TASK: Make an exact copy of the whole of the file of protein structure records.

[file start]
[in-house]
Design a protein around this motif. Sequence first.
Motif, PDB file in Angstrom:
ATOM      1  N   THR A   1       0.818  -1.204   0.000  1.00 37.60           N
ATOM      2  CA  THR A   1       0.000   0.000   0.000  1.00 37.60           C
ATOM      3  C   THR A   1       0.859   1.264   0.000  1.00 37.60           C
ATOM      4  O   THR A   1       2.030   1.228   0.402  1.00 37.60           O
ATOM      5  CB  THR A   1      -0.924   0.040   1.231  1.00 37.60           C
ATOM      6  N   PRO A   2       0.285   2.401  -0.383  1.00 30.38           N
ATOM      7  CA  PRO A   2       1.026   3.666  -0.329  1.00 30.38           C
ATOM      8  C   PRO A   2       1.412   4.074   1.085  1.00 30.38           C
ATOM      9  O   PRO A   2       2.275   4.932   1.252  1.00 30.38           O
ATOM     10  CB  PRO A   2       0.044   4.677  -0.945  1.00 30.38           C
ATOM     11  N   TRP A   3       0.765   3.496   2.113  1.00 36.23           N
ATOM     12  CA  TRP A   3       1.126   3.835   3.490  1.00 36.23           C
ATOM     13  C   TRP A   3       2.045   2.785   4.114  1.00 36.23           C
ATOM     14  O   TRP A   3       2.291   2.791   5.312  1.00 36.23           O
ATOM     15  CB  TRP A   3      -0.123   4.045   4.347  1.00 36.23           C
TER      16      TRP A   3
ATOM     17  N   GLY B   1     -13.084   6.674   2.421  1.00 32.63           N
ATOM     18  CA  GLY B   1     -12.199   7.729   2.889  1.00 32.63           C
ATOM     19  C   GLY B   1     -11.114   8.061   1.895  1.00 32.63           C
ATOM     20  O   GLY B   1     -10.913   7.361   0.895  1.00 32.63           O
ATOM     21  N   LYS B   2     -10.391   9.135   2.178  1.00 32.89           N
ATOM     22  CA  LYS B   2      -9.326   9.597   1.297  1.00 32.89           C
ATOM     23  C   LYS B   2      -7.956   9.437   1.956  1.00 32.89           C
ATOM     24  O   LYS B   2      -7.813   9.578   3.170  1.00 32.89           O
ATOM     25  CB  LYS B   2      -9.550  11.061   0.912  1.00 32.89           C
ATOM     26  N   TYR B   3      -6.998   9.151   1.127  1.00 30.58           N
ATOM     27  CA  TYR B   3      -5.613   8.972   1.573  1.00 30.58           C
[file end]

[in-house]
Design a protein around this motif. Sequence first.
Motif, PDB file in Angstrom:
ATOM      1  N   THR A   1       0.818  -1.204   0.000  1.00 37.60           N
ATOM      2  CA  THR A   1       0.000   0.000   0.000  1.00 37.60           C
ATOM      3  C   THR A   1       0.859   1.264   0.000  1.00 37.60           C
ATOM      4  O   THR A   1       2.030   1.228   0.402  1.00 37.60           O
ATOM      5  CB  THR A   1      -0.924   0.040   1.231  1.00 37.60           C
ATOM      6  N   PRO A   2       0.285   2.401  -0.383  1.00 30.38           N
ATOM      7  CA  PRO A   2       1.026   3.666  -0.329  1.00 30.38           C
ATOM      8  C   PRO A   2       1.412   4.074   1.085  1.00 30.38           C
ATOM      9  O   PRO A   2       2.275   4.932   1.252  1.00 30.38           O
ATOM     10  CB  PRO A   2       0.044   4.677  -0.945  1.00 30.38           C
ATOM     11  N   TRP A   3       0.765   3.496   2.113  1.00 36.23           N
ATOM     12  CA  TRP A   3       1.126   3.835   3.490  1.00 36.23           C
ATOM     13  C   TRP A   3       2.045   2.785   4.114  1.00 36.23           C
ATOM     14  O   TRP A   3       2.291   2.791   5.312  1.00 36.23           O
ATOM     15  CB  TRP A   3      -0.123   4.045   4.347  1.00 36.23           C
TER      16      TRP A   3
ATOM     17  N   GLY B   1     -13.084   6.674   2.421  1.00 32.63           N
ATOM     18  CA  GLY B   1     -12.199   7.729   2.889  1.00 32.63           C
ATOM     19  C   GLY B   1     -11.114   8.061   1.895  1.00 32.63           C
ATOM     20  O   GLY B   1     -10.913   7.361   0.895  1.00 32.63           O
ATOM     21  N   LYS B   2     -10.391   9.135   2.178  1.00 32.89           N
ATOM     22  CA  LYS B   2      -9.326   9.597   1.297  1.00 32.89           C
ATOM     23  C   LYS B   2      -7.956   9.437   1.956  1.00 32.89           C
ATOM     24  O   LYS B   2      -7.813   9.578   3.170  1.00 32.89           O
ATOM     25  CB  LYS B   2      -9.550  11.061   0.912  1.00 32.89           C
ATOM     26  N   TYR B   3      -6.998   9.151   1.127  1.00 30.58           N
ATOM     27  CA  TYR B   3      -5.613   8.972   1.573  1.00 30.58           C